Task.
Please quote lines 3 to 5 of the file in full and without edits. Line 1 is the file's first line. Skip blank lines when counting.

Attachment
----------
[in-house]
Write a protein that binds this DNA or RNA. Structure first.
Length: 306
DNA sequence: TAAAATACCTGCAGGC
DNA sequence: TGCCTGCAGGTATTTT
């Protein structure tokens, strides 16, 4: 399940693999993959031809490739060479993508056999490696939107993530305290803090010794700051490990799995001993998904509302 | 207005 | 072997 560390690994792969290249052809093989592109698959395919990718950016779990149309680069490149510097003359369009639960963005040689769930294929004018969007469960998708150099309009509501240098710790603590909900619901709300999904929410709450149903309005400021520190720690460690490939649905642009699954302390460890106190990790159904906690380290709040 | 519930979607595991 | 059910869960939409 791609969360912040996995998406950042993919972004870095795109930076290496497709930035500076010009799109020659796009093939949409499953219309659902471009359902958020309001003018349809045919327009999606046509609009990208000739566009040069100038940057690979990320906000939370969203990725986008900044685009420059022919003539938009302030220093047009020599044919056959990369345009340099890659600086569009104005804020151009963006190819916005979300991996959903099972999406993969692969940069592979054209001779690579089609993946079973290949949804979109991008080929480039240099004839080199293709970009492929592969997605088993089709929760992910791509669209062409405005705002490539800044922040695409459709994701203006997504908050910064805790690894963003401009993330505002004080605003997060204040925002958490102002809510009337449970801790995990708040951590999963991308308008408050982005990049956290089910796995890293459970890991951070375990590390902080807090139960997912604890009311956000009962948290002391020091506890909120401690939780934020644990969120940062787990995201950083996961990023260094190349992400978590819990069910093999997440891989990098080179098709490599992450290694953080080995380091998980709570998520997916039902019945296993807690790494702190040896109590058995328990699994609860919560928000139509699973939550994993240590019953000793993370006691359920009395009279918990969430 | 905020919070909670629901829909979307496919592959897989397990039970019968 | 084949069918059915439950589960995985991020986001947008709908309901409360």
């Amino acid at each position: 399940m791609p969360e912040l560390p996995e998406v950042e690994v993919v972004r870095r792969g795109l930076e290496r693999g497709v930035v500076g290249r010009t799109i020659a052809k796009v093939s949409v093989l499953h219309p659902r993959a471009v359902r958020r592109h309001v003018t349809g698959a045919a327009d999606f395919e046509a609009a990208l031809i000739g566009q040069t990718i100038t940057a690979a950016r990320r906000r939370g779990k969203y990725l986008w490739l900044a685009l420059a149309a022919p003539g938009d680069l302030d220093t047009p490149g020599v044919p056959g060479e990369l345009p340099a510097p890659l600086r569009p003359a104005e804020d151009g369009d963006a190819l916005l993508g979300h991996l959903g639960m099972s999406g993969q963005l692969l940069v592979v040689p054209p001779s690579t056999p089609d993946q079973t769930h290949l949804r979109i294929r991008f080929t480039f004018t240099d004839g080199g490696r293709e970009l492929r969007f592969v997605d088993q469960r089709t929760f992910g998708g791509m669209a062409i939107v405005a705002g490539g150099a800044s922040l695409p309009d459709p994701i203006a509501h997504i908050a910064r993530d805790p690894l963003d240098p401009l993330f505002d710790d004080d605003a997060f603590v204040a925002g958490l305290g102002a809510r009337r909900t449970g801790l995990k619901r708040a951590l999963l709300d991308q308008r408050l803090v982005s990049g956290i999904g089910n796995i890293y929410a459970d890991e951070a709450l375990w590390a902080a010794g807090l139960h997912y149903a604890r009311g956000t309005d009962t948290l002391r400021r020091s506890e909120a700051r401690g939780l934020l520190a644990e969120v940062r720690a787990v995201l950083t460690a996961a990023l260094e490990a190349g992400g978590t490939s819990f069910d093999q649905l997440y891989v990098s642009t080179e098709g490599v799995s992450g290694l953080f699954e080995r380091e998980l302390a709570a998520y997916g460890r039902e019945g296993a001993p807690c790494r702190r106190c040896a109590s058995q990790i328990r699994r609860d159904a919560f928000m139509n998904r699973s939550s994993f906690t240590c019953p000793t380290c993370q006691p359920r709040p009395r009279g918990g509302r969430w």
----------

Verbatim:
Length: 306
DNA sequence: TAAAATACCTGCAGGC
DNA sequence: TGCCTGCAGGTATTTT